Please leave a reply here or email at: judyblanken@gmail.com. I do love hearing from you.

Cañari Women’s Education Foundation Fundraising Letter 2018

Dear Friends: I’m so pleased to report we now have twenty-one Cañari women university graduates, with professional degrees ranging from agronomy to veterinary medicine. Two of our alums have finished master’s and two are currently studying, one in Mexico and one in Ecuador. Our current scholars number twelve, and as they graduate we carefully review our pool of applicants and select new recipients. The scholarship is for five years, the usual time for an undergraduate degree in Ecuador.

Since 2005 our program has “lost” only two scholars; each suspended her studies for personal reasons. But we have a policy that they are welcome to return if we have a place. In other words, it’s almost impossible to fail in our program. Once a young woman is accepted as a scholarship holder, we make sure she succeeds by accommodating pregnancy and childbirth, childcare, family crises and other problems – a policy that has paid off with our high success rate.This year we had two graduates, Vicenta Pichisaca in gastronomy and Mercedes Chumaina in accounting as a CPA. I add the photo of Mercedes receiving her diploma in her white hat because, as is usually the case, she was the only indigenous woman in her group (and maybe her class).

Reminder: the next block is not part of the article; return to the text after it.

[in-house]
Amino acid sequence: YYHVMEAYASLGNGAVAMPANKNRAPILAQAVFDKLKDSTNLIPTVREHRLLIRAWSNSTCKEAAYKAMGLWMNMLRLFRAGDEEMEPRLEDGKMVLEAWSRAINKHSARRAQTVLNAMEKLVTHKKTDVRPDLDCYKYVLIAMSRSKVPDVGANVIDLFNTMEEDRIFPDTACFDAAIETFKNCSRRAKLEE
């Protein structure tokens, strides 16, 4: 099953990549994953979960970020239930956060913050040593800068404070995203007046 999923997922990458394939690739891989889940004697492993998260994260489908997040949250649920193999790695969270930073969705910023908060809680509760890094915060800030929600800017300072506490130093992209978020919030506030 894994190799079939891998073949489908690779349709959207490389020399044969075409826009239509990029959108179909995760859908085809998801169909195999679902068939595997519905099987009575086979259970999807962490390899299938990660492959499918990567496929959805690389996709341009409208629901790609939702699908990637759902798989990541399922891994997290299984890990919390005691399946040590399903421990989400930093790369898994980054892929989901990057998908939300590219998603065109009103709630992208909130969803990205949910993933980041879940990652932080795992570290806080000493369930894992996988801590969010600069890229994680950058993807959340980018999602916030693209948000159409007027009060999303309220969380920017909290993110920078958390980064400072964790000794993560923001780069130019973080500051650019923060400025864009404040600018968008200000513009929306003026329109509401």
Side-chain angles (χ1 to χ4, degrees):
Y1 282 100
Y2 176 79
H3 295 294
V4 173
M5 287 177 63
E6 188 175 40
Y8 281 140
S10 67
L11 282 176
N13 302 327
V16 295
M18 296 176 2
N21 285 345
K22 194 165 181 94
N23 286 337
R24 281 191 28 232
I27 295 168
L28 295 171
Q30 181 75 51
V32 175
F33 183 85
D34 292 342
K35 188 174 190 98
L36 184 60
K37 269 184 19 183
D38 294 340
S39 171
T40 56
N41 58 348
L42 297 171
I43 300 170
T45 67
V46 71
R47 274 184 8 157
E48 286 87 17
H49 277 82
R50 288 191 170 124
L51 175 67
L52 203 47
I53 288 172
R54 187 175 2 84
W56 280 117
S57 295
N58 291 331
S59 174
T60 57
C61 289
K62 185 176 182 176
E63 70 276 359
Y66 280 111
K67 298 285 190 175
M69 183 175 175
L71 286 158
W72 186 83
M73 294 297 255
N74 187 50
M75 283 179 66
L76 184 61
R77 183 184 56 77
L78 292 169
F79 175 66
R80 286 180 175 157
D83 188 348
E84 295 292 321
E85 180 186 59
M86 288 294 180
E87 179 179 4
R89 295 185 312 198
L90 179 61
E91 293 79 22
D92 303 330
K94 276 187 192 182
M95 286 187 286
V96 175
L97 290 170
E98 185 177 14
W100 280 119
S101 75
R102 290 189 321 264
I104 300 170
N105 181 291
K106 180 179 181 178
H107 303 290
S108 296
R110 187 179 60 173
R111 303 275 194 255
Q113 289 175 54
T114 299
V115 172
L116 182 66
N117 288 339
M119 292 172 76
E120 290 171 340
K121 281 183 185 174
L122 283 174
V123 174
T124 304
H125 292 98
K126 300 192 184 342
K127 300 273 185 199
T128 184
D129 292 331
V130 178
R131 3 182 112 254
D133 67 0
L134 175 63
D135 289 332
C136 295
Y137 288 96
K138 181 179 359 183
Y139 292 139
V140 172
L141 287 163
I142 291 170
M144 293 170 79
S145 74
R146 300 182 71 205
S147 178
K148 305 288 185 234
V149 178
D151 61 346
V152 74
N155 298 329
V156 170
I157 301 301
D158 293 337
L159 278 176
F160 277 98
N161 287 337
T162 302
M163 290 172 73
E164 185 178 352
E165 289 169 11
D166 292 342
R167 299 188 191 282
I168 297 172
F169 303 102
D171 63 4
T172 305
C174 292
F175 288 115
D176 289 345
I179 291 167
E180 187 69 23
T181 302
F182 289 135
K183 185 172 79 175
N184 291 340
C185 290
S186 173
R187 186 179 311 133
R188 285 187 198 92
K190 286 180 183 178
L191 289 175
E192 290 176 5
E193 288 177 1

Mercedes was special in another way. Through a Christian organization in the U.S., Tom and Kathleen Easterday have sponsored her education since primary school. When I heard about Mercedes through her sister, Margarita, one of our scholars, I wrote to to ask the Easterdays if they would be willing to sponsor Mercedes through university. They were, and they did.

They had hoped to attend her graduation in October, which was not possible, but they sent a generous gift and they are pictured here wearing embroidered shirts from Mercedes in thanks for supporting her education for over 15 years. In the photos below, Mercedes stands with her husband Noe and son on graduation day, and with her proud mother. 

So with two women graduating we welcome two “newbies.” Sara Duy is studying economy at the University of Chimborazo in Riobamba, and Lourdes Pichasaca in medicine at the University of Cuenca. Both have exceptional stories. Several years ago, Sara’s older sister had the rare chance (in Ecuador) for a kidney transplant after years of dialysis. Sara left her secondary studies to accompany her sister in dialysis and recovery from surgery, and they both lost two or three years of high school. Sara finally graduated this year and passed the exam to be admitted to university.